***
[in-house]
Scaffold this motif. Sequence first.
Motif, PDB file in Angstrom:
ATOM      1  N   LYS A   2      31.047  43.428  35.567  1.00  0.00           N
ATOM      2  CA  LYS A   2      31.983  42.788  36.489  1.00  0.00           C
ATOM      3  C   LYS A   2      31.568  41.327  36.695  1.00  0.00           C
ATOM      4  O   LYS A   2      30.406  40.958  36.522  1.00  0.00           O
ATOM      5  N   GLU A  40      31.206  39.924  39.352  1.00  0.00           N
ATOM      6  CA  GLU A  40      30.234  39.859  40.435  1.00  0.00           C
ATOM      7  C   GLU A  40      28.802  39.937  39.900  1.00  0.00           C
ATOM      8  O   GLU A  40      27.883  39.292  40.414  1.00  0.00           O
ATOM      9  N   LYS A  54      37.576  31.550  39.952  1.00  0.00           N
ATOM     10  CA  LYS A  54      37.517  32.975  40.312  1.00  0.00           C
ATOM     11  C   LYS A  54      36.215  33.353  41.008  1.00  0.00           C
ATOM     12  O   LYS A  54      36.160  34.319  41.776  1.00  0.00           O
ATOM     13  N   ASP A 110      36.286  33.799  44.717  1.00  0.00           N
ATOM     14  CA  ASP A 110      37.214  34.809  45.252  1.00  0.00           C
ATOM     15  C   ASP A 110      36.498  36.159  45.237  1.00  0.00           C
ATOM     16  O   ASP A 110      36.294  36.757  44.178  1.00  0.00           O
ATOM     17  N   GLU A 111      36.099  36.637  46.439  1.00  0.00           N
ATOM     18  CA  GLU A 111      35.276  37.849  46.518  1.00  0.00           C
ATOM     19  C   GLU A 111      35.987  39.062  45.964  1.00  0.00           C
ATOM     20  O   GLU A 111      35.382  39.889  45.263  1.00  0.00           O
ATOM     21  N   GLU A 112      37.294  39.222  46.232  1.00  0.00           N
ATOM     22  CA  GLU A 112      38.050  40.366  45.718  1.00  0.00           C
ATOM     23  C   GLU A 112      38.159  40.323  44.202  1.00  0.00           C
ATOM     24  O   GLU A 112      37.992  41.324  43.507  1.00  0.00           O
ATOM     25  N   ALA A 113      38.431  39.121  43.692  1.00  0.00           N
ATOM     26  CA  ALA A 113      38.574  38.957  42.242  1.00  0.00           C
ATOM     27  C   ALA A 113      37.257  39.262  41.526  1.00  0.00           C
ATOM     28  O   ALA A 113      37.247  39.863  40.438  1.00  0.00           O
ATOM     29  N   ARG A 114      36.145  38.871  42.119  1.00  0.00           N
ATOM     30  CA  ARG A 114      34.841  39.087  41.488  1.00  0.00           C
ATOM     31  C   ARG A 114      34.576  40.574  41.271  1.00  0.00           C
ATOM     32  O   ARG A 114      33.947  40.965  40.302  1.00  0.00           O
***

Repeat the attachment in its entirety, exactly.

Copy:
[in-house]
Scaffold this motif. Sequence first.
Motif, PDB file in Angstrom:
ATOM      1  N   LYS A   2      31.047  43.428  35.567  1.00  0.00           N
ATOM      2  CA  LYS A   2      31.983  42.788  36.489  1.00  0.00           C
ATOM      3  C   LYS A   2      31.568  41.327  36.695  1.00  0.00           C
ATOM      4  O   LYS A   2      30.406  40.958  36.522  1.00  0.00           O
ATOM      5  N   GLU A  40      31.206  39.924  39.352  1.00  0.00           N
ATOM      6  CA  GLU A  40      30.234  39.859  40.435  1.00  0.00           C
ATOM      7  C   GLU A  40      28.802  39.937  39.900  1.00  0.00           C
ATOM      8  O   GLU A  40      27.883  39.292  40.414  1.00  0.00           O
ATOM      9  N   LYS A  54      37.576  31.550  39.952  1.00  0.00           N
ATOM     10  CA  LYS A  54      37.517  32.975  40.312  1.00  0.00           C
ATOM     11  C   LYS A  54      36.215  33.353  41.008  1.00  0.00           C
ATOM     12  O   LYS A  54      36.160  34.319  41.776  1.00  0.00           O
ATOM     13  N   ASP A 110      36.286  33.799  44.717  1.00  0.00           N
ATOM     14  CA  ASP A 110      37.214  34.809  45.252  1.00  0.00           C
ATOM     15  C   ASP A 110      36.498  36.159  45.237  1.00  0.00           C
ATOM     16  O   ASP A 110      36.294  36.757  44.178  1.00  0.00           O
ATOM     17  N   GLU A 111      36.099  36.637  46.439  1.00  0.00           N
ATOM     18  CA  GLU A 111      35.276  37.849  46.518  1.00  0.00           C
ATOM     19  C   GLU A 111      35.987  39.062  45.964  1.00  0.00           C
ATOM     20  O   GLU A 111      35.382  39.889  45.263  1.00  0.00           O
ATOM     21  N   GLU A 112      37.294  39.222  46.232  1.00  0.00           N
ATOM     22  CA  GLU A 112      38.050  40.366  45.718  1.00  0.00           C
ATOM     23  C   GLU A 112      38.159  40.323  44.202  1.00  0.00           C
ATOM     24  O   GLU A 112      37.992  41.324  43.507  1.00  0.00           O
ATOM     25  N   ALA A 113      38.431  39.121  43.692  1.00  0.00           N
ATOM     26  CA  ALA A 113      38.574  38.957  42.242  1.00  0.00           C
ATOM     27  C   ALA A 113      37.257  39.262  41.526  1.00  0.00           C
ATOM     28  O   ALA A 113      37.247  39.863  40.438  1.00  0.00           O
ATOM     29  N   ARG A 114      36.145  38.871  42.119  1.00  0.00           N
ATOM     30  CA  ARG A 114      34.841  39.087  41.488  1.00  0.00           C
ATOM     31  C   ARG A 114      34.576  40.574  41.271  1.00  0.00           C
ATOM     32  O   ARG A 114      33.947  40.965  40.302  1.00  0.00           O